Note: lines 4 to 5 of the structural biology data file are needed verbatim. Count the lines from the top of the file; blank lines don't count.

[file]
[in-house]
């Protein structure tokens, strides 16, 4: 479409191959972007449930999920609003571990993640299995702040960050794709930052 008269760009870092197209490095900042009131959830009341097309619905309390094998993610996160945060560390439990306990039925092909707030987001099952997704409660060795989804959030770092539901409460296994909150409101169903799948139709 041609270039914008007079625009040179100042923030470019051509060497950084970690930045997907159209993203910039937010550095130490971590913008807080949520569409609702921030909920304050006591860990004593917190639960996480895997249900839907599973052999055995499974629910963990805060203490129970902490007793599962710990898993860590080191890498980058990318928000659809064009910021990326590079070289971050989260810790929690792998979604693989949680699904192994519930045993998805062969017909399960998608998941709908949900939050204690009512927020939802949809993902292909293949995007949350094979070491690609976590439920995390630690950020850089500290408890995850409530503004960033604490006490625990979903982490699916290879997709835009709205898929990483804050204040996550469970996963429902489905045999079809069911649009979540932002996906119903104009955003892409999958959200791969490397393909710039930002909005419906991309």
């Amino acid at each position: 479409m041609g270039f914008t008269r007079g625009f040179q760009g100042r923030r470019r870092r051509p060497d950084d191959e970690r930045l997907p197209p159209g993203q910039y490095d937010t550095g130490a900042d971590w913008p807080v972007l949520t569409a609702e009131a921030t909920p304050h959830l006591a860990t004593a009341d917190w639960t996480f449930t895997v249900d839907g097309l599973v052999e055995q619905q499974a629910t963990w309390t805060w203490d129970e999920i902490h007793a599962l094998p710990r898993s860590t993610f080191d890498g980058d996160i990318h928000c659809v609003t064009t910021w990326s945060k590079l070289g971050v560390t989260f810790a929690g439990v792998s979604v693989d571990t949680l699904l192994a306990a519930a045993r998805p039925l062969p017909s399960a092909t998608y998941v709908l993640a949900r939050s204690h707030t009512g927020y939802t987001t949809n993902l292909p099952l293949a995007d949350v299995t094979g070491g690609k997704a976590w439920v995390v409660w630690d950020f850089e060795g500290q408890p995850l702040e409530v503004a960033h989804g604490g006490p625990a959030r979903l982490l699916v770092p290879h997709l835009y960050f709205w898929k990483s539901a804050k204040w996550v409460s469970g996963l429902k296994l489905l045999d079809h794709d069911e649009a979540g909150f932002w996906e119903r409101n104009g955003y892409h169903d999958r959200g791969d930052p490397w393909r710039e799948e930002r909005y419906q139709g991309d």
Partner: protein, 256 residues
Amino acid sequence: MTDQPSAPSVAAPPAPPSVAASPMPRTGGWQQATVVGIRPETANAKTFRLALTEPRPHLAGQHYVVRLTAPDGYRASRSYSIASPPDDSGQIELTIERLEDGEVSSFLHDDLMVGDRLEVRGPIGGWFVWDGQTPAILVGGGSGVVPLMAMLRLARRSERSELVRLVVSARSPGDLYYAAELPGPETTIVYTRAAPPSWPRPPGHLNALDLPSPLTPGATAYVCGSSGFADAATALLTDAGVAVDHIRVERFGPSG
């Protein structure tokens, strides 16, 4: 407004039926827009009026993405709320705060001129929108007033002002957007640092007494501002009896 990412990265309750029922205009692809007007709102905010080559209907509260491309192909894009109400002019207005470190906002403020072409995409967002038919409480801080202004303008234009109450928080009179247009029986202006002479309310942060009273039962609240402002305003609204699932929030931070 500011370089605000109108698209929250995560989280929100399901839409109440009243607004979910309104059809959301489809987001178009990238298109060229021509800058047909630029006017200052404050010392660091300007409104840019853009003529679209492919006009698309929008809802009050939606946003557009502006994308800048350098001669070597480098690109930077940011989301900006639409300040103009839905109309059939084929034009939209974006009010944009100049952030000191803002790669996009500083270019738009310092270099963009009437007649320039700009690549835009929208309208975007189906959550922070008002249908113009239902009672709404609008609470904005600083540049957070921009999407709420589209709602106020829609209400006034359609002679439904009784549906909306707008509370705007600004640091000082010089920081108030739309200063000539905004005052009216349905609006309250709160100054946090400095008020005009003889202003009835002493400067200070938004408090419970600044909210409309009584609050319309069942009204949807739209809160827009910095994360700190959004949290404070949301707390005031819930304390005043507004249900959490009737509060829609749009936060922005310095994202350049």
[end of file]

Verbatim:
Partner: protein, 256 residues
Amino acid sequence: MTDQPSAPSVAAPPAPPSVAASPMPRTGGWQQATVVGIRPETANAKTFRLALTEPRPHLAGQHYVVRLTAPDGYRASRSYSIASPPDDSGQIELTIERLEDGEVSSFLHDDLMVGDRLEVRGPIGGWFVWDGQTPAILVGGGSGVVPLMAMLRLARRSERSELVRLVVSARSPGDLYYAAELPGPETTIVYTRAAPPSWPRPPGHLNALDLPSPLTPGATAYVCGSSGFADAATALLTDAGVAVDHIRVERFGPSG